CLEVELAND - Terry Francona vowed, after his experience managing in Philadelphia, to go with what he thought was right. That's why, despite the calls from fans and questions from media about, say, using Jacoby Ellsbury instead of Coco Crisp in center field, Francona determined that he had to go with the veteran over the rookie. He had to do what he thought he was supposed to do.
Despite myriad media obligations, despite the hoopla and the harried moments, these are the days Francona waits for with great anticipation. These are the best days, when the things he feels are right are analyzed.
"Actually, for me, this time of the season, I love this time of the season," Francona said. "Part of August and some of September, it's hard not to have some anxiety when you go out to the dugout some nights because you're struggling so hard to get where you want to go and it's not falling the way you want it to all of the time.
"Then I get here, even in '04 when I didn't have experience, I just felt good. I love these games. Believe me, I'd rather win every game. But the feeling is, I feel good when we go out there. You work so hard to get to this point trying to be the best team out there. It's almost like a drug."
These are not days when Francona goes out in public. He keeps to himself, arrives at the ballpark early, devotes his resources to readying his team for playoff baseball. And his players appreciate it.
"He just kind of lets us go out there and play," Josh Beckett said. "He makes decisions when he needs to make decisions. He's great. Like I said, he's always got your back. If you tell him - one of our guys comes in and says, 'Tito, I was safe,' he's going to go argue for you because he believes in us and he believes what we're telling him."
While that might not suggest a major change from the beginning of his managerial career with the Phillies, it does demonstrate a growing understanding of what he can and cannot do. A growing respect for the postseason, and a growing enjoyment of being a regular in the tournament. That has all, in his mind, made him a better manager, better suited to the task, and better able to enjoy it.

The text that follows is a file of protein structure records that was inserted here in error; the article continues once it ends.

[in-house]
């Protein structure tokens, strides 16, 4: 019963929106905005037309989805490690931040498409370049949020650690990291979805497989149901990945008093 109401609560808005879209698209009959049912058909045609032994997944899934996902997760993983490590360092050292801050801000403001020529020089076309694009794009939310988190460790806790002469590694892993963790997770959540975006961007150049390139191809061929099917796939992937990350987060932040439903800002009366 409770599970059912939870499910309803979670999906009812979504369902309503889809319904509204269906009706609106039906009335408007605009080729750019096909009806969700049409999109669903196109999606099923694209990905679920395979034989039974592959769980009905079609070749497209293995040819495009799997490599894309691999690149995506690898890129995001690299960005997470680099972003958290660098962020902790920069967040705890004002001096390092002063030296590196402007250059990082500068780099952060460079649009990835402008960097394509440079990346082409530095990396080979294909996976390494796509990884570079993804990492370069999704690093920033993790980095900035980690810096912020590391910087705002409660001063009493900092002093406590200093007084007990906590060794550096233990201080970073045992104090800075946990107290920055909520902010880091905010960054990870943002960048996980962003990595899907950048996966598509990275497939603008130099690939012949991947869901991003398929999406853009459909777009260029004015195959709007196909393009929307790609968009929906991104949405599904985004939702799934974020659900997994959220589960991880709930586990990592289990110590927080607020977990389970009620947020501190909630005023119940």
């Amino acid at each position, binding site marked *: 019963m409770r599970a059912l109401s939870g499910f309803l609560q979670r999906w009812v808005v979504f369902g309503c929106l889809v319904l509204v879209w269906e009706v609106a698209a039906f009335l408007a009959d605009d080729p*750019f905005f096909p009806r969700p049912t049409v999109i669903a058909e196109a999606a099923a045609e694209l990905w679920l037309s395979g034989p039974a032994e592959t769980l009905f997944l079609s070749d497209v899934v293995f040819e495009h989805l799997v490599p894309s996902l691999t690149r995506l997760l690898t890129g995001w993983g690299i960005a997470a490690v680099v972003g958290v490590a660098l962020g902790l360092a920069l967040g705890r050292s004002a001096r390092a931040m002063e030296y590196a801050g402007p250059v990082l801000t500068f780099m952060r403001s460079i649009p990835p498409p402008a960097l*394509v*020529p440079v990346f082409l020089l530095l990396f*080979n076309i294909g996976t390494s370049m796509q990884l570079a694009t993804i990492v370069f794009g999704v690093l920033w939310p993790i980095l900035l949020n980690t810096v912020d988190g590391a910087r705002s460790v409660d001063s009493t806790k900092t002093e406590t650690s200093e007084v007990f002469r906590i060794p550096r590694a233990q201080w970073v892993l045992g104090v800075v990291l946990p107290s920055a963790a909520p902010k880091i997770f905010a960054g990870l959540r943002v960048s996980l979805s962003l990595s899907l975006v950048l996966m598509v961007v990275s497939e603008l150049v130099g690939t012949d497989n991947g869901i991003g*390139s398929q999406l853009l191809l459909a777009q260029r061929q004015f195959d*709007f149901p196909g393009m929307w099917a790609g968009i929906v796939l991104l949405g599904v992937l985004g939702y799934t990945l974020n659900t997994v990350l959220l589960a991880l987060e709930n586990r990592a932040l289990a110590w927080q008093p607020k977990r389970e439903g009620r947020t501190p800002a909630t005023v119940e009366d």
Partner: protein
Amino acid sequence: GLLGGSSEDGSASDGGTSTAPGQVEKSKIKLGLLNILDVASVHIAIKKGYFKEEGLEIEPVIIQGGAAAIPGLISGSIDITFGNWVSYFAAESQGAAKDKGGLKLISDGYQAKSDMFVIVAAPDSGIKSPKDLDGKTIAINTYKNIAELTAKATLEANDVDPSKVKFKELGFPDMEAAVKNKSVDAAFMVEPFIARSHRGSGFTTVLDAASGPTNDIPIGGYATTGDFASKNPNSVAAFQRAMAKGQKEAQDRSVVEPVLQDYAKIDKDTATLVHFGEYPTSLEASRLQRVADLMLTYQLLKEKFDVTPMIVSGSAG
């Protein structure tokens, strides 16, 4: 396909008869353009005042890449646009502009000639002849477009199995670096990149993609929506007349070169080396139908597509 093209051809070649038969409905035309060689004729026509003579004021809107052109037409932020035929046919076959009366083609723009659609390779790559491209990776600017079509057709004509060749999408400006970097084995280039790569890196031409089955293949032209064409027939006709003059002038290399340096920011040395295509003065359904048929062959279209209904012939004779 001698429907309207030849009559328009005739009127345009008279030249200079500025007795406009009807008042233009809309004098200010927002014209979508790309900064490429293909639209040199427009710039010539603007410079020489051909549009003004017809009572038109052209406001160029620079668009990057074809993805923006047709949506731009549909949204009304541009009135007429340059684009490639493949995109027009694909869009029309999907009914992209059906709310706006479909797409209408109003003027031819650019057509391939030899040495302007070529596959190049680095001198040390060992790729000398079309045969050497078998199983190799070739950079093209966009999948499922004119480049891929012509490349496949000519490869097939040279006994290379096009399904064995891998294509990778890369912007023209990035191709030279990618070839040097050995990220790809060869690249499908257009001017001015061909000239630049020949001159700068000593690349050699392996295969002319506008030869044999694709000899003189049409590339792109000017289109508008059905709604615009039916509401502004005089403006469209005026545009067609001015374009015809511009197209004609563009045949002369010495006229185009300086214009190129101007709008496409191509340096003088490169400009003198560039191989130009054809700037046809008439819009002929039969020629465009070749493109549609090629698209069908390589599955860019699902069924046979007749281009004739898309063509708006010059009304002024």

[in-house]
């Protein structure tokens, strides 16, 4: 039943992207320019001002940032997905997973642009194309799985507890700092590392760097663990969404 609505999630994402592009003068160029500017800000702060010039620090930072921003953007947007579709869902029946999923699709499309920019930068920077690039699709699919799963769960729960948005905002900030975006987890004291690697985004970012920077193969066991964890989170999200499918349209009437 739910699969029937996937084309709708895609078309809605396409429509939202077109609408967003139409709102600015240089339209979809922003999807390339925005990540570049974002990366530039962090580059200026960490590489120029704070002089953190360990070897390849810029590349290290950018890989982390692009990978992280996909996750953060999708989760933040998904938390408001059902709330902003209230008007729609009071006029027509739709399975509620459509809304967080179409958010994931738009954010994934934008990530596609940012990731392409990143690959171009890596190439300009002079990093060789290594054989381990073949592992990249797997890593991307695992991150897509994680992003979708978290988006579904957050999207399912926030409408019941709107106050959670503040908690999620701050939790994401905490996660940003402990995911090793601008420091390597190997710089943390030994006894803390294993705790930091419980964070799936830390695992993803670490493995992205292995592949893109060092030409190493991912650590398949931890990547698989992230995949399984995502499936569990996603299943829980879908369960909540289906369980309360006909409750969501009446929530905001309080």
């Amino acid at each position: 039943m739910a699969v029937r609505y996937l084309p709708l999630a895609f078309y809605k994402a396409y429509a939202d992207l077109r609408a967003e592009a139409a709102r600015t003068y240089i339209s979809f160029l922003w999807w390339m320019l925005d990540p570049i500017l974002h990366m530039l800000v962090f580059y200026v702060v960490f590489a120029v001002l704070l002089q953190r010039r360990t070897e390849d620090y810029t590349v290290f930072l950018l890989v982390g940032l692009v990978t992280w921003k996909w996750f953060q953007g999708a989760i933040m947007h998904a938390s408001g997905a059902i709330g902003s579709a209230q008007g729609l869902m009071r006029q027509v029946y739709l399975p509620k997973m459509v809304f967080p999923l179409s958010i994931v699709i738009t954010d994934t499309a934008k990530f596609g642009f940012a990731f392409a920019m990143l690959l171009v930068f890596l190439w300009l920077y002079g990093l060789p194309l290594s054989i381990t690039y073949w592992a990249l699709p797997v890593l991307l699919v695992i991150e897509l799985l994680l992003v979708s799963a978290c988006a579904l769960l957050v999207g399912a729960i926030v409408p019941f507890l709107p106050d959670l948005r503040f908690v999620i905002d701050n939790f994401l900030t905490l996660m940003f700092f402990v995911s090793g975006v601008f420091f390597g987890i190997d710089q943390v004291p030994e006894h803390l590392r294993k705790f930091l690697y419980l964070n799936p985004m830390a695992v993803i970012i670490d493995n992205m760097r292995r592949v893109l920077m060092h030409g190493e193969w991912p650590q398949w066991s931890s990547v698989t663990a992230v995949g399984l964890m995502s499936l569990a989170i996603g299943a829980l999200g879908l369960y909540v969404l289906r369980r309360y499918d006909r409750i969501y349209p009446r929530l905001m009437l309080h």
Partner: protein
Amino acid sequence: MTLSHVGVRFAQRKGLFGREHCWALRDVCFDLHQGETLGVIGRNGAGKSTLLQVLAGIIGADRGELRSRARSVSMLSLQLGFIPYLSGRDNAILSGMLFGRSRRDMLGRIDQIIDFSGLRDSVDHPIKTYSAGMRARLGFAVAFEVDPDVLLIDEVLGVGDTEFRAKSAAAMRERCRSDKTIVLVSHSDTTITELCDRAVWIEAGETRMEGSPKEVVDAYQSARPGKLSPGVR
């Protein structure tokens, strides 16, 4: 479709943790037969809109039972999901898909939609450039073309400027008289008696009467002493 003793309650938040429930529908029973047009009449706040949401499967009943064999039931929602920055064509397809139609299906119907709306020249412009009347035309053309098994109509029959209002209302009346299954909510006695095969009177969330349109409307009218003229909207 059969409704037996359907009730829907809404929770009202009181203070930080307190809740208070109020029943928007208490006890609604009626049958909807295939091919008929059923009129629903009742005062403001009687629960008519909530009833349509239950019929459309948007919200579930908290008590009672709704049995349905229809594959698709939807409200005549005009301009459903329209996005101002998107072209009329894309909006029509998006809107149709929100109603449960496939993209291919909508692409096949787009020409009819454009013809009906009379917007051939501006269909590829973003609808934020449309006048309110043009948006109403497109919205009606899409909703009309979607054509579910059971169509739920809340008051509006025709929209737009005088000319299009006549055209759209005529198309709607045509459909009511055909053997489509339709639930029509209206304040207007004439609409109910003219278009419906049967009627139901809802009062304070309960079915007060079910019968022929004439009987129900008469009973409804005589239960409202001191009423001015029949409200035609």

Even when the doubters get particularly vociferous.
"When I became a major league manager in Philadelphia, it took me a while to realize that you're not always in complete control," Francona said. "That's why when we go to spring training we spend a lot of time trying to tell guys, 'OK, this is how we feel about the game. This is how we want you guys to play. Now go play.' I want to do the right thing, but I don't want them looking over their shoulder."
They don't seem to. With his reputation as a player's manager, Francona has cultivated a clubhouse full of confident players, guys who are ready and willing to play for him. Though he's more likely to tout his vast cribbage skills - often at the expense of Dustin Pedroia - Francona is well aware of what is going on in his clubhouse. He's well aware of what it has taken to get to this point.
He has been here before. And now he is more than happy to enjoy what his team has wrought. These are the playoffs, and Francona is happy to be back. Happy to be managing, happy to be in the dugout each night. Happy, even amid those who are not happy with him.
"The game itself is awesome," Francona said. "The game is awesome. I can't wait. When I go out there, like 40 minutes before the game, I just love it. Just love it. Just love it. Because you don't feel like you're ever going to lose. Nothing has gone wrong yet."
Amalie Benjamin can be reached at firstname.lastname@example.org.